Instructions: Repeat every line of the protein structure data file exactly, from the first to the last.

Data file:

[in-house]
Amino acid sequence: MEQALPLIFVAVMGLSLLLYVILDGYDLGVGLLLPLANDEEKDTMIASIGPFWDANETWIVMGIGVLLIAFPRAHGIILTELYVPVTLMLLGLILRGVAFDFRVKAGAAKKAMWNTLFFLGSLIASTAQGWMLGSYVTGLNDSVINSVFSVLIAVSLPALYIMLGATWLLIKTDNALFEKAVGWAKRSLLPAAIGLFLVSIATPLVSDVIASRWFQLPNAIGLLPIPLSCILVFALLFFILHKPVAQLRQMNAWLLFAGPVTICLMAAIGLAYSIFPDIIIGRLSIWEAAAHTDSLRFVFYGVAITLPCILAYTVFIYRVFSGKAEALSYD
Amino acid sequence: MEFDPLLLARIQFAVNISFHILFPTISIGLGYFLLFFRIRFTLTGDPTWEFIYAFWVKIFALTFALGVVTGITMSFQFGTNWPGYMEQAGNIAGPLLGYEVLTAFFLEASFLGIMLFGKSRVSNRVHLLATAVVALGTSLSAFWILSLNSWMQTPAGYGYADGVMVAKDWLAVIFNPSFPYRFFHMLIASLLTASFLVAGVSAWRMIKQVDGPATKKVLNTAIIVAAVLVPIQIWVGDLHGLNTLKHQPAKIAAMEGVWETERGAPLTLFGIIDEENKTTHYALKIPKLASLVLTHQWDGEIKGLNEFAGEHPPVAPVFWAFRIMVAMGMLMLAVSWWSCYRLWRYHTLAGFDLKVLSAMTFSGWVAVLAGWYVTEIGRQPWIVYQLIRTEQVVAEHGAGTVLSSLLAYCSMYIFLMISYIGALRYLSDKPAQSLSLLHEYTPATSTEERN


[in-house]
Amino acid sequence: MEQALPLIFVAVMGLSLLLYVILDGYDLGVGLLLPLANDEEKDTMIASIGPFWDANETWIVMGIGVLLIAFPRAHGIILTELYVPVTLMLLGLILRGVAFDFRVKAGAAKKAMWNTLFFLGSLIASTAQGWMLGSYVTGLNDSVINSVFSVLIAVSLPALYIMLGATWLLIKTDNALFEKAVGWAKRSLLPAAIGLFLVSIATPLVSDVIASRWFQLPNAIGLLPIPLSCILVFALLFFILHKPVAQLRQMNAWLLFAGPVTICLMAAIGLAYSIFPDIIIGRLSIWEAAAHTDSLRFVFYGVAITLPCILAYTVFIYRVFSGKAEALSYD
Amino acid sequence: MEFDPLLLARIQFAVNISFHILFPTISIGLGYFLLFFRIRFTLTGDPTWEFIYAFWVKIFALTFALGVVTGITMSFQFGTNWPGYMEQAGNIAGPLLGYEVLTAFFLEASFLGIMLFGKSRVSNRVHLLATAVVALGTSLSAFWILSLNSWMQTPAGYGYADGVMVAKDWLAVIFNPSFPYRFFHMLIASLLTASFLVAGVSAWRMIKQVDGPATKKVLNTAIIVAAVLVPIQIWVGDLHGLNTLKHQPAKIAAMEGVWETERGAPLTLFGIIDEENKTTHYALKIPKLASLVLTHQWDGEIKGLNEFAGEHPPVAPVFWAFRIMVAMGMLMLAVSWWSCYRLWRYHTLAGFDLKVLSAMTFSGWVAVLAGWYVTEIGRQPWIVYQLIRTEQVVAEHGAGTVLSSLLAYCSMYIFLMISYIGALRYLSDKPAQSLSLLHEYTPATSTEERN